Complement gene variants determine the risk of immunoglobulin-associated MPGN and C3 glomerulopathy and predict long-term renal outcome

Paraskevas Iatropoulos, Marina Noris, Caterina Mele, Rossella Piras, Elisabetta Valoti, Elena Bresin, Manuela Curreri, Elena Mondo, Anna Zito, Sara Gamba, Serena Bettoni, Luisa Murer, Véronique Frémeaux-Bacchi, Marina Vivarelli, Francesco Emma, Erica Daina, Giuseppe Remuzzi

Research output: Contribution to journalArticlepeer-review


Background: Membranoproliferative glomerulonephritis (MPGN) is an uncommon cause of chronic nephropathy recently reclassified into immunoglobulin-associated MPGN (Ig-MPGN) and C3 glomerulopathy (C3G). In this study we aimed: (1) to evaluate the complement genetic and biochemical profile in patients with Ig-MPGN/C3G; (2) to investigate whether genetic variants and different patterns of complement activation (i.e., fluid versus solid phase) correlate with disease manifestations and outcomes. Methods: In 140 patients with idiopathic Ig-MPGN or C3G we performed complement biochemical and genetic screening and correlated genetic, biochemical and histology data with clinical features. Results: Mutations in genes encoding alternative pathway complement proteins were found in both Ig-MPGN and C3G, and mutations in the two components of the C3 convertase are the most prevalent. We also report a mutation in THBD encoding thrombomodulin in a C3G patient. The presence of mutations alone does not significantly increase the risk of Ig-MPGN or C3G, but it does so when combined with common susceptibility variants (CD46 c.-366A in Ig-MPGN; CFH V62 and THBD A473 in C3G). Finally, patients without complement gene mutations or C3NeFs - autoantibodies that stabilize the alternative pathway C3 convertase - have a higher risk of progressing to end-stage renal disease than patients with identified mutations and/or C3NeFs, suggesting the existence of different pathogenetic mechanisms that lead to renal disease. Conclusions: We provide new insights into the pathogenesis of Ig-MPGN/C3G that underscore the complex nature of these diseases and suggest that the current C3G classification may miss many cases associated with abnormalities of the complement alternative pathway.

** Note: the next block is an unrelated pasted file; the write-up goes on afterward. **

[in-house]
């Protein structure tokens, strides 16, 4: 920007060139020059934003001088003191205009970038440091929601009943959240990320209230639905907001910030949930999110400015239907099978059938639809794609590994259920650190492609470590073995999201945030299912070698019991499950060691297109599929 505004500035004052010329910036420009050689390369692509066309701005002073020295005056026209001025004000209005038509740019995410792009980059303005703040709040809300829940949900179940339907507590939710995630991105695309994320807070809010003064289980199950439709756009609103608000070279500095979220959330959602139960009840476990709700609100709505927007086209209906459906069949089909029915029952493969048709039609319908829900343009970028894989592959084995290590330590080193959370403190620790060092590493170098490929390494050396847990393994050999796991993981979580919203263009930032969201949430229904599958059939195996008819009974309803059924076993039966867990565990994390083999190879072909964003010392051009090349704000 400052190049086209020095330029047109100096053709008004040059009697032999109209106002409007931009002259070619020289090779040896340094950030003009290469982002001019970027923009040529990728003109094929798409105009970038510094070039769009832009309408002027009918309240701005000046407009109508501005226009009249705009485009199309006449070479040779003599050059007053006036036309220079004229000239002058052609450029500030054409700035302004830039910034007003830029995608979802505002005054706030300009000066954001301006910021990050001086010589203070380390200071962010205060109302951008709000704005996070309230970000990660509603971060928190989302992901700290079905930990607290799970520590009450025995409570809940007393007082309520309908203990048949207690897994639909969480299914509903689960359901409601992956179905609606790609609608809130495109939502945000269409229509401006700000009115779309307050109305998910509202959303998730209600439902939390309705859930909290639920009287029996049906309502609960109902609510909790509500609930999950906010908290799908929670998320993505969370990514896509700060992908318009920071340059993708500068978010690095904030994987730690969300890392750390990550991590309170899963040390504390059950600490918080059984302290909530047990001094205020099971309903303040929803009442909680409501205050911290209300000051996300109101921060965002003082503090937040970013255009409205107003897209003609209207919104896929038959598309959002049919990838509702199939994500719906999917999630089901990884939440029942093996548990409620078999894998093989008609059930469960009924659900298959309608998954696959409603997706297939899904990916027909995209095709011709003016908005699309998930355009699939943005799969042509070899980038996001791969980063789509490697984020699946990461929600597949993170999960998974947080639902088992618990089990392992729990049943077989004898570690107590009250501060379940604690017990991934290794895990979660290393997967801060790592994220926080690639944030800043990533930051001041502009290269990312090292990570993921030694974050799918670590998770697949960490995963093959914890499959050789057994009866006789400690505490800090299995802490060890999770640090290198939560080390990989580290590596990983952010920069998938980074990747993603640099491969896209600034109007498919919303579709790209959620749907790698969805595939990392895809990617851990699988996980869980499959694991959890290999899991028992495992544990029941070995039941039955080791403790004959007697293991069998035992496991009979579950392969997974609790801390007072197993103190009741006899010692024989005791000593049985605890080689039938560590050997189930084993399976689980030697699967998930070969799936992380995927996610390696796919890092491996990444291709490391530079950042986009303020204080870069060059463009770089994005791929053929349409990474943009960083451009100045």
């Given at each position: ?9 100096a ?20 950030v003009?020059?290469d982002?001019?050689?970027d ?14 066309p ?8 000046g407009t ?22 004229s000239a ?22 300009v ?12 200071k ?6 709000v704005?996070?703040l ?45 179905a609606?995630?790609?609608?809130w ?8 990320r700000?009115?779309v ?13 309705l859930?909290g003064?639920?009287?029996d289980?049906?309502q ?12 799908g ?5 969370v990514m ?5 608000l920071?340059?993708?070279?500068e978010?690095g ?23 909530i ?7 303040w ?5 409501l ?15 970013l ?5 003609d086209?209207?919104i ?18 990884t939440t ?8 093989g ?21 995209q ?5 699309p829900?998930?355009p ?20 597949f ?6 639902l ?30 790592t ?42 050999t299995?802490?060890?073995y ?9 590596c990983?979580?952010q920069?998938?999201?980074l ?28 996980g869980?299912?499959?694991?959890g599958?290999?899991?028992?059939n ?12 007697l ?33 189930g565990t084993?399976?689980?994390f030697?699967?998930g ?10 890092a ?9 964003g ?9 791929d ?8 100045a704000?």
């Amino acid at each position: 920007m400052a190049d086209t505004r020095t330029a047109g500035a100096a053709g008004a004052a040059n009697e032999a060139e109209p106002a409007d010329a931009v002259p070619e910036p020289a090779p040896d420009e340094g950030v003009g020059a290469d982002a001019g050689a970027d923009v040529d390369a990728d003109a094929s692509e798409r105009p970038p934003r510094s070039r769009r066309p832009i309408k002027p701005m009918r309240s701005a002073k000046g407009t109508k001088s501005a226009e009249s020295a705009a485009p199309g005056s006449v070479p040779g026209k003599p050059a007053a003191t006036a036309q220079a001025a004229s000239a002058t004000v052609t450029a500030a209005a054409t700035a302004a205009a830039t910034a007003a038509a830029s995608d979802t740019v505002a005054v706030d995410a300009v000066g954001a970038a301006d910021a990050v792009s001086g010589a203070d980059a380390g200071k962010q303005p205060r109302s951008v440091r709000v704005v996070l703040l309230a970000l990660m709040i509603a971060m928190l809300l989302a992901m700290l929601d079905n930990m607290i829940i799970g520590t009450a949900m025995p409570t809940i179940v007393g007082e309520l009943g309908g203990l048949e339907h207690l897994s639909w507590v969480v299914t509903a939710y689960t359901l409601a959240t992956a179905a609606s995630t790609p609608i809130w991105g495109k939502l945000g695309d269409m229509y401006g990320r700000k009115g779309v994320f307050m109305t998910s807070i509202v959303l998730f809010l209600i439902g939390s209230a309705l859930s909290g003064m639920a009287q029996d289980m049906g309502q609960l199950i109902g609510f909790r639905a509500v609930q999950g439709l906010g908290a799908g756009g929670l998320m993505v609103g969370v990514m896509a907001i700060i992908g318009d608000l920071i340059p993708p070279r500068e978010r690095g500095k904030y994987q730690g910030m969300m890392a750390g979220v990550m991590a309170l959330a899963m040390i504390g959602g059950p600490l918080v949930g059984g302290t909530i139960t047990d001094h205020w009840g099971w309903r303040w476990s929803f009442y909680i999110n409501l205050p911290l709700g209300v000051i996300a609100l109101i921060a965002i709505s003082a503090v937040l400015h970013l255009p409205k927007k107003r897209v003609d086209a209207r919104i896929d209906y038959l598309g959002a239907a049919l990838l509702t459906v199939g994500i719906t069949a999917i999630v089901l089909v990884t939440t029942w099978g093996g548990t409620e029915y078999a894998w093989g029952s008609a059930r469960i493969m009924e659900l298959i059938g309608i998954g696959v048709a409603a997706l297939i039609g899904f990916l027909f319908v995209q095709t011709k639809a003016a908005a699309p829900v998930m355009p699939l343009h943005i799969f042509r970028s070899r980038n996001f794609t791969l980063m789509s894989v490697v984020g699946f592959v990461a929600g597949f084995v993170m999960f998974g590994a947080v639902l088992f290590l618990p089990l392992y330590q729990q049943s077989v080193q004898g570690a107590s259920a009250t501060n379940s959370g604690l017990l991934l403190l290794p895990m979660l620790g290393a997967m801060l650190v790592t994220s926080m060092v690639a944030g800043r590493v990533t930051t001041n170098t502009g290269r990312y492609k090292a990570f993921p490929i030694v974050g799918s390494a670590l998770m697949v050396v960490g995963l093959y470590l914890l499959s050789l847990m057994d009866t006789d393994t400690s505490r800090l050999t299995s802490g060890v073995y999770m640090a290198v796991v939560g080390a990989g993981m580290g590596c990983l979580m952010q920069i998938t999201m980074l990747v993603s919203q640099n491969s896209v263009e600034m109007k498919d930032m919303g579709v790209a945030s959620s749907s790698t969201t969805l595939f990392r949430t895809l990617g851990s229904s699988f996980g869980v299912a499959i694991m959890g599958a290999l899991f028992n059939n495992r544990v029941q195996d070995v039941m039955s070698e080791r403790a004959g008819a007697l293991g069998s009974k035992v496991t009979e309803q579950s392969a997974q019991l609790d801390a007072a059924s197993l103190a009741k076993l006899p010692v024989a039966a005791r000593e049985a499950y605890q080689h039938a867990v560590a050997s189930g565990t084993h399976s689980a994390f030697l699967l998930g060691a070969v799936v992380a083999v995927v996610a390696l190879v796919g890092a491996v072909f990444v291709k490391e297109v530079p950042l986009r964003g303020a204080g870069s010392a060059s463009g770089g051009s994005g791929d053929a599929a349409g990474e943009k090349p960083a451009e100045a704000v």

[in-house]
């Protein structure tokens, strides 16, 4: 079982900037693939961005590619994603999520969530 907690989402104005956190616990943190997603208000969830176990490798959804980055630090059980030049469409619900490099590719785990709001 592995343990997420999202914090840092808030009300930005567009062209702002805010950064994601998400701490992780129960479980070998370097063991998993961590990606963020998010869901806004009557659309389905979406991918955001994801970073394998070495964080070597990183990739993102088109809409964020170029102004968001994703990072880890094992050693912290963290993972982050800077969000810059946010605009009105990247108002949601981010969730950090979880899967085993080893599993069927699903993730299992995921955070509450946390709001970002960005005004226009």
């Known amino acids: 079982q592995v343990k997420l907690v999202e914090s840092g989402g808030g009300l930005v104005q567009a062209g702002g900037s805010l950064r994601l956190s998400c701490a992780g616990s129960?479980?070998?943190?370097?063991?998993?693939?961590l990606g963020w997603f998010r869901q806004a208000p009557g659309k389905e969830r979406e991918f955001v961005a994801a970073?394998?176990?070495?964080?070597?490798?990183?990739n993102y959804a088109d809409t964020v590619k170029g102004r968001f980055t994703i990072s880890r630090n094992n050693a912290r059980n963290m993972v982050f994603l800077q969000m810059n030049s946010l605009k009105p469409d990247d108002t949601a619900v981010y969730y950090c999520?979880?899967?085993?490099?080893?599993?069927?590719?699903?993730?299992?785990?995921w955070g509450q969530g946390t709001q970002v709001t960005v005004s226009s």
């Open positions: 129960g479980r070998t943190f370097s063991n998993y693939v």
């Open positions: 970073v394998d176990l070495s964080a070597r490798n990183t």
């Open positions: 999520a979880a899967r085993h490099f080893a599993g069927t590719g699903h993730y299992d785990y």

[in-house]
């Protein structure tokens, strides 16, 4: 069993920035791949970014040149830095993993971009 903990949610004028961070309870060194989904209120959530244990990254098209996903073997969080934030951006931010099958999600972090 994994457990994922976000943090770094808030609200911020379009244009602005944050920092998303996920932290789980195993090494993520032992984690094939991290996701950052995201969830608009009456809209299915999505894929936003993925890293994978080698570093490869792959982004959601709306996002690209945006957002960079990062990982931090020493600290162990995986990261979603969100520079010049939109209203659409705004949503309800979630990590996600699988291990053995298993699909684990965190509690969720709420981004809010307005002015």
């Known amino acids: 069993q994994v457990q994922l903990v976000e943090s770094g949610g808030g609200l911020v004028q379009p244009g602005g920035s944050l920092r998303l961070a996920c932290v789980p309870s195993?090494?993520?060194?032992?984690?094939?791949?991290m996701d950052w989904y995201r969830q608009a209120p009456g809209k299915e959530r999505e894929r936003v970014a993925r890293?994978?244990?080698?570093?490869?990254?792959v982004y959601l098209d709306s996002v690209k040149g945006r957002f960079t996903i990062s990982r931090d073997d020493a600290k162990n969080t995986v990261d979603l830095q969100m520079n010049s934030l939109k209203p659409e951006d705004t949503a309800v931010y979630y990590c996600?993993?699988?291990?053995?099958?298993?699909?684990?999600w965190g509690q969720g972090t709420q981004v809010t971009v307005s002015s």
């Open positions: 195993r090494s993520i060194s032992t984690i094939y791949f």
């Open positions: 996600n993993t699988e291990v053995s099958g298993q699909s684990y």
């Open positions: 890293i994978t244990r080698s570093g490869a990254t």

Original languageEnglish
Pages (from-to)131-142
Number of pages12
JournalMolecular Immunology
Publication statusPublished - Mar 1 2016


  • C3 glomerulonephritis
  • C3 glomerulopathy
  • Dense-Deposit Disease
  • Membranoproliferative glomerulonephritis
  • Rare diseases

ASJC Scopus subject areas

  • Molecular Biology
  • Immunology


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